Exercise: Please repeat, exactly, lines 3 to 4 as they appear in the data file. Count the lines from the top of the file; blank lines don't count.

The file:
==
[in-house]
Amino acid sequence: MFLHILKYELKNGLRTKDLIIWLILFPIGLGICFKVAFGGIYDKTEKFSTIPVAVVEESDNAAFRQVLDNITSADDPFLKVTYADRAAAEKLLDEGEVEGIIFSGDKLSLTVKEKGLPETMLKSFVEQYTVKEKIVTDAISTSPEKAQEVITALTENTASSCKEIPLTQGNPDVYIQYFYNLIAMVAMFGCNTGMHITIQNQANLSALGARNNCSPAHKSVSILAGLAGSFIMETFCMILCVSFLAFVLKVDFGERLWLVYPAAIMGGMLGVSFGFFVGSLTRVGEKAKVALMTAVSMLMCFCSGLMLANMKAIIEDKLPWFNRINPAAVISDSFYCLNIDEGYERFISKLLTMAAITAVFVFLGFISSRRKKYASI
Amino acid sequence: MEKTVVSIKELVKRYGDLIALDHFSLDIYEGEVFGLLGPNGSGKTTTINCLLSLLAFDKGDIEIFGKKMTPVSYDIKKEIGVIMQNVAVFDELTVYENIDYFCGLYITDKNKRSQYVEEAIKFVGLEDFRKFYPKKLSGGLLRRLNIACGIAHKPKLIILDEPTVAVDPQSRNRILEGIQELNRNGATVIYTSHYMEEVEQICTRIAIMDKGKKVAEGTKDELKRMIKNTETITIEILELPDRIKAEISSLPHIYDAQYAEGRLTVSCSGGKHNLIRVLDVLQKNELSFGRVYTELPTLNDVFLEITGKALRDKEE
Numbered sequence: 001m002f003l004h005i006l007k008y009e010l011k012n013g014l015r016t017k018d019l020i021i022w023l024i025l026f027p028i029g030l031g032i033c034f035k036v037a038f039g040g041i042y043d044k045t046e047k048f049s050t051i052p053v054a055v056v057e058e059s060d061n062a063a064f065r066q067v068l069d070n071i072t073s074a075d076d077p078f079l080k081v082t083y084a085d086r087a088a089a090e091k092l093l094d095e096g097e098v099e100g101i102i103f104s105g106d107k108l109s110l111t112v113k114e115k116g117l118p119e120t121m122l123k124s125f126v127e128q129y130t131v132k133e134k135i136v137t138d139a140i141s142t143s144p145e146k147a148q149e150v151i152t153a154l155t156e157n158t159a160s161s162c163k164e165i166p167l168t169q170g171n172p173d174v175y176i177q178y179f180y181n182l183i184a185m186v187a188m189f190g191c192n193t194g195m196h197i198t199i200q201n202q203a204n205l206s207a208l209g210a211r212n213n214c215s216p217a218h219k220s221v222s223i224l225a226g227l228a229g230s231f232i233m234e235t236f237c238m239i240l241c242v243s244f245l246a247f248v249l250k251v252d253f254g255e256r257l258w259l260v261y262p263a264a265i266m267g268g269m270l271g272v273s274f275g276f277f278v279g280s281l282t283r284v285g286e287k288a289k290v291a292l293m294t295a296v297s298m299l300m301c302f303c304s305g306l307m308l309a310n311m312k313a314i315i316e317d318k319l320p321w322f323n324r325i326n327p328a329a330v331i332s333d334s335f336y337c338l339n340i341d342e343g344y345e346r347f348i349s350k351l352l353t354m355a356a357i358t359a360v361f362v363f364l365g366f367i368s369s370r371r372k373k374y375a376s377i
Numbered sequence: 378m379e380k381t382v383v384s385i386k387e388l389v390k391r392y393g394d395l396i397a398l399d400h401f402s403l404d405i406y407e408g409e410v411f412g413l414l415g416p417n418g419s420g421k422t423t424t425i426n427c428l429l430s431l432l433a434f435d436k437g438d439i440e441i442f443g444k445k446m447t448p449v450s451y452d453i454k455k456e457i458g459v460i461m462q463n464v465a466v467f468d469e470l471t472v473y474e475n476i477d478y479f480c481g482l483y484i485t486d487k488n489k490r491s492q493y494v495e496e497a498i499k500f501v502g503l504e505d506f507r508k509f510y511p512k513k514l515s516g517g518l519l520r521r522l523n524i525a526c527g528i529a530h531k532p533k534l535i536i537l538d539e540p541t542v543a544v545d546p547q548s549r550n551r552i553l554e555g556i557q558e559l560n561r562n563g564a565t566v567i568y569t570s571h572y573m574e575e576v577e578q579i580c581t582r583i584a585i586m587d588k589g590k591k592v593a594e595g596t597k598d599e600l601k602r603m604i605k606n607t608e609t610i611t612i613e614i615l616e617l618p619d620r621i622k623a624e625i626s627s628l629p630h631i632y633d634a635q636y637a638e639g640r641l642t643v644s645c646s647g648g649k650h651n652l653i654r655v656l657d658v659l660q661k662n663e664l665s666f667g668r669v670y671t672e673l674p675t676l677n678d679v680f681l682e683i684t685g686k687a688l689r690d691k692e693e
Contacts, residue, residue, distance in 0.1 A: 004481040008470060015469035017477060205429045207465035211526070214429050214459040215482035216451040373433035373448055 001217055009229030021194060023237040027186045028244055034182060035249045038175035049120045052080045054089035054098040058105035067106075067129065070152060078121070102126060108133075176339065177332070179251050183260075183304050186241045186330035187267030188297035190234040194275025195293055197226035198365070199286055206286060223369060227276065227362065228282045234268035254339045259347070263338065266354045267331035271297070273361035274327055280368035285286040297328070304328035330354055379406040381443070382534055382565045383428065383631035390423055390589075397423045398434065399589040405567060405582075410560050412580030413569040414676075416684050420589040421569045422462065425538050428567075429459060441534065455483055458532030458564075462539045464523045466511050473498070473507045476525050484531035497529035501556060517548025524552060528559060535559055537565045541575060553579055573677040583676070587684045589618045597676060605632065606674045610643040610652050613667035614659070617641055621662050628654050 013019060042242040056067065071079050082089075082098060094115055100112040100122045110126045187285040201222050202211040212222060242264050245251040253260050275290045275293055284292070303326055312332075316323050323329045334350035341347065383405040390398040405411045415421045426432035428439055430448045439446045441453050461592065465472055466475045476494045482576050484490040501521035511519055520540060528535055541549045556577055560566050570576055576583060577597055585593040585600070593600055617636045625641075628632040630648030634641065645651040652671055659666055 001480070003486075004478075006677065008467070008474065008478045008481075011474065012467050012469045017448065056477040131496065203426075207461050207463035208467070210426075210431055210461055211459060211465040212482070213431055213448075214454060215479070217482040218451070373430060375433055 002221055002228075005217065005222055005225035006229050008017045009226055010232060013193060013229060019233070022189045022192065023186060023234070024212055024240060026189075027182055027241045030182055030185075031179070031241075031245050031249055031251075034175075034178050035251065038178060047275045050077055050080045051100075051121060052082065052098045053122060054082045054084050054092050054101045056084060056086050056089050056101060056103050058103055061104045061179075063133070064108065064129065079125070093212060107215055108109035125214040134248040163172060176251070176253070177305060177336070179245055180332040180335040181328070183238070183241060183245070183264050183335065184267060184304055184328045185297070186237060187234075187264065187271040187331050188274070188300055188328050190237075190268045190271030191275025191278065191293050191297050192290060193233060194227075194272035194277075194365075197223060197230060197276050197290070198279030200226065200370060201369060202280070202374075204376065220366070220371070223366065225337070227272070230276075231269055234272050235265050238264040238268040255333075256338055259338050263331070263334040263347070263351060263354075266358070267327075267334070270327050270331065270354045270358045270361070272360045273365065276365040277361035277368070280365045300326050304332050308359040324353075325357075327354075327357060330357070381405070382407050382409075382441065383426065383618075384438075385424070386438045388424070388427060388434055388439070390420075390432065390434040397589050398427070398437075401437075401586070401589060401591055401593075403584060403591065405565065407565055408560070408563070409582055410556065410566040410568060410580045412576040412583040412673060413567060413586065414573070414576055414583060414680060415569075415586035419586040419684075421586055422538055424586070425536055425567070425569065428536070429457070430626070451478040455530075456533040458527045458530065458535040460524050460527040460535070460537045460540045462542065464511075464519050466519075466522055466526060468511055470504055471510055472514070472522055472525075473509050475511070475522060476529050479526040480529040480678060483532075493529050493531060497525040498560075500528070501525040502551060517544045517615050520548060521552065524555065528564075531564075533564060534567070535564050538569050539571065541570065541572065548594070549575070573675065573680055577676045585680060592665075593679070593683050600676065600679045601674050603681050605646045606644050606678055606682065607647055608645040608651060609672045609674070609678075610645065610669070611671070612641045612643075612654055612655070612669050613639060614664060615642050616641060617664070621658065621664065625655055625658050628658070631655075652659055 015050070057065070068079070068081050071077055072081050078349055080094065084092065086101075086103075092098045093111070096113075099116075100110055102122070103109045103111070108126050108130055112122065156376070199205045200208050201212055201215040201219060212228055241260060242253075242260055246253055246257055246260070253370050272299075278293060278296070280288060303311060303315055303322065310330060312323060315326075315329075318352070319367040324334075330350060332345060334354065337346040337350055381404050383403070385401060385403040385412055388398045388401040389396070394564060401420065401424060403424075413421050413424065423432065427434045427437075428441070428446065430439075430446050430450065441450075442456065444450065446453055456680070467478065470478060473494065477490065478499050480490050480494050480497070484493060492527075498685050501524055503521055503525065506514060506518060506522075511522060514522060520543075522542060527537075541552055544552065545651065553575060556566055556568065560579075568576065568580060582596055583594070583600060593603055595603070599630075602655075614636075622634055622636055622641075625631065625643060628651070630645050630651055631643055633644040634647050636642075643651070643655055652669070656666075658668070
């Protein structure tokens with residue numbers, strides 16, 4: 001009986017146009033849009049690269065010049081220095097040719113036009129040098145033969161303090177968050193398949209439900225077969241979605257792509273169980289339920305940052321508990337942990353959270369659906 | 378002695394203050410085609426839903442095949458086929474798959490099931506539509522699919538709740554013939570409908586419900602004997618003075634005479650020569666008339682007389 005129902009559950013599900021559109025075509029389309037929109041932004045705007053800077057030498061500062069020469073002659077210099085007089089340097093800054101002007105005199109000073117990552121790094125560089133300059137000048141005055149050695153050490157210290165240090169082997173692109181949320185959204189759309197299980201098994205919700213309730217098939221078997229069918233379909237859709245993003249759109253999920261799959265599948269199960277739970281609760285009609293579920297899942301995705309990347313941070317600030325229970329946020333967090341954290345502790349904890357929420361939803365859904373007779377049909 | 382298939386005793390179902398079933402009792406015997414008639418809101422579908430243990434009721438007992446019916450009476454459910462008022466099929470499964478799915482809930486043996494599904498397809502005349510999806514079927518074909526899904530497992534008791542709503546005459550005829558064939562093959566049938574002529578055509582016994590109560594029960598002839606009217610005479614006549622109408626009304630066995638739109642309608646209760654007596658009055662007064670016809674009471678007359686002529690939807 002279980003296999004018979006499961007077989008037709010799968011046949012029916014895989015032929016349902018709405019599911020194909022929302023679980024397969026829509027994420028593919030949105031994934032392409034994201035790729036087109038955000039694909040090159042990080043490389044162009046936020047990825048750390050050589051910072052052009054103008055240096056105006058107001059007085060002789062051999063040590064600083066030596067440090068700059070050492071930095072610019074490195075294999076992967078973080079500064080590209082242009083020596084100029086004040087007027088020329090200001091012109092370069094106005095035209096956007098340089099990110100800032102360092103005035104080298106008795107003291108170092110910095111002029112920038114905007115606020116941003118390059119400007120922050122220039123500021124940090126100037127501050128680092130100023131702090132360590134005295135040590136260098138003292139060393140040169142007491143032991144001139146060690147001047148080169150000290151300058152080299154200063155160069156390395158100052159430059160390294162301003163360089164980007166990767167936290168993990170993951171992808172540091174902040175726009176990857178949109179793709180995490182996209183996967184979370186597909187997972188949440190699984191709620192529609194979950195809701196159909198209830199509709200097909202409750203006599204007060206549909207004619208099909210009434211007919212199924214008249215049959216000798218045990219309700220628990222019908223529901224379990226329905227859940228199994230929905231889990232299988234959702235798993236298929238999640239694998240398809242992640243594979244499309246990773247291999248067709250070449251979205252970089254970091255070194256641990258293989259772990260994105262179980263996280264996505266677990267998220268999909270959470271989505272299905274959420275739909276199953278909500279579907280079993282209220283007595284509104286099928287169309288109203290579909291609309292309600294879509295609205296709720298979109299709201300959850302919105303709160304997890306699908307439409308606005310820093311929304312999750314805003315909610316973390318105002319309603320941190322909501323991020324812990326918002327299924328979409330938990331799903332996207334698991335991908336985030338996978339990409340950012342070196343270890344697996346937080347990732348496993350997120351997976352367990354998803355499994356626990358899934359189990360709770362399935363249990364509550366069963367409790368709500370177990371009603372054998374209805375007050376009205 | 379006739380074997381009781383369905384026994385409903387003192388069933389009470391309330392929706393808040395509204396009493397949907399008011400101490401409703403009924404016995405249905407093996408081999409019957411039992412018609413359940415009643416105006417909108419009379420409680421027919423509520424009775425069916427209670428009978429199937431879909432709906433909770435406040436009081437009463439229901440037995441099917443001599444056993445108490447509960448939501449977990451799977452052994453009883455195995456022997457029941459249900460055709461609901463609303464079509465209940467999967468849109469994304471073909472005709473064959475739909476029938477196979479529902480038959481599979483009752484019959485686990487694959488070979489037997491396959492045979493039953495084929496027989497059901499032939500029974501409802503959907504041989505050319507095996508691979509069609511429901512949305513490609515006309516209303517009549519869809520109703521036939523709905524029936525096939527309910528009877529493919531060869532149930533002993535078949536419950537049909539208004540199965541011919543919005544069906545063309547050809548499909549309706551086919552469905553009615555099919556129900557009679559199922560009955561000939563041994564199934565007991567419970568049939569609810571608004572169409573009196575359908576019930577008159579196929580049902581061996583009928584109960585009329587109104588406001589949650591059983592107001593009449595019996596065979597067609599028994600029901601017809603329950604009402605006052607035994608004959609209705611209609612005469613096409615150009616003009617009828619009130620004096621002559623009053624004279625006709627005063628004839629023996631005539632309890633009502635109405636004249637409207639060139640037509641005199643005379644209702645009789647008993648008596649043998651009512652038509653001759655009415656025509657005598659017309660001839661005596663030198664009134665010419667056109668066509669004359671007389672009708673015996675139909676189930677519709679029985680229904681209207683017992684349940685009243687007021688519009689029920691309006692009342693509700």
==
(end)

Amino acid sequence: MEKTVVSIKELVKRYGDLIALDHFSLDIYEGEVFGLLGPNGSGKTTTINCLLSLLAFDKGDIEIFGKKMTPVSYDIKKEIGVIMQNVAVFDELTVYENIDYFCGLYITDKNKRSQYVEEAIKFVGLEDFRKFYPKKLSGGLLRRLNIACGIAHKPKLIILDEPTVAVDPQSRNRILEGIQELNRNGATVIYTSHYMEEVEQICTRIAIMDKGKKVAEGTKDELKRMIKNTETITIEILELPDRIKAEISSLPHIYDAQYAEGRLTVSCSGGKHNLIRVLDVLQKNELSFGRVYTELPTLNDVFLEITGKALRDKEE
Numbered sequence: 001m002f003l004h005i006l007k008y009e010l011k012n013g014l015r016t017k018d019l020i021i022w023l024i025l026f027p028i029g030l031g032i033c034f035k036v037a038f039g040g041i042y043d044k045t046e047k048f049s050t051i052p053v054a055v056v057e058e059s060d061n062a063a064f065r066q067v068l069d070n071i072t073s074a075d076d077p078f079l080k081v082t083y084a085d086r087a088a089a090e091k092l093l094d095e096g097e098v099e100g101i102i103f104s105g106d107k108l109s110l111t112v113k114e115k116g117l118p119e120t121m122l123k124s125f126v127e128q129y130t131v132k133e134k135i136v137t138d139a140i141s142t143s144p145e146k147a148q149e150v151i152t153a154l155t156e157n158t159a160s161s162c163k164e165i166p167l168t169q170g171n172p173d174v175y176i177q178y179f180y181n182l183i184a185m186v187a188m189f190g191c192n193t194g195m196h197i198t199i200q201n202q203a204n205l206s207a208l209g210a211r212n213n214c215s216p217a218h219k220s221v222s223i224l225a226g227l228a229g230s231f232i233m234e235t236f237c238m239i240l241c242v243s244f245l246a247f248v249l250k251v252d253f254g255e256r257l258w259l260v261y262p263a264a265i266m267g268g269m270l271g272v273s274f275g276f277f278v279g280s281l282t283r284v285g286e287k288a289k290v291a292l293m294t295a296v297s298m299l300m301c302f303c304s305g306l307m308l309a310n311m312k313a314i315i316e317d318k319l320p321w322f323n324r325i326n327p328a329a330v331i332s333d334s335f336y337c338l339n340i341d342e343g344y345e346r347f348i349s350k351l352l353t354m355a356a357i358t359a360v361f362v363f364l365g366f367i368s369s370r371r372k373k374y375a376s377i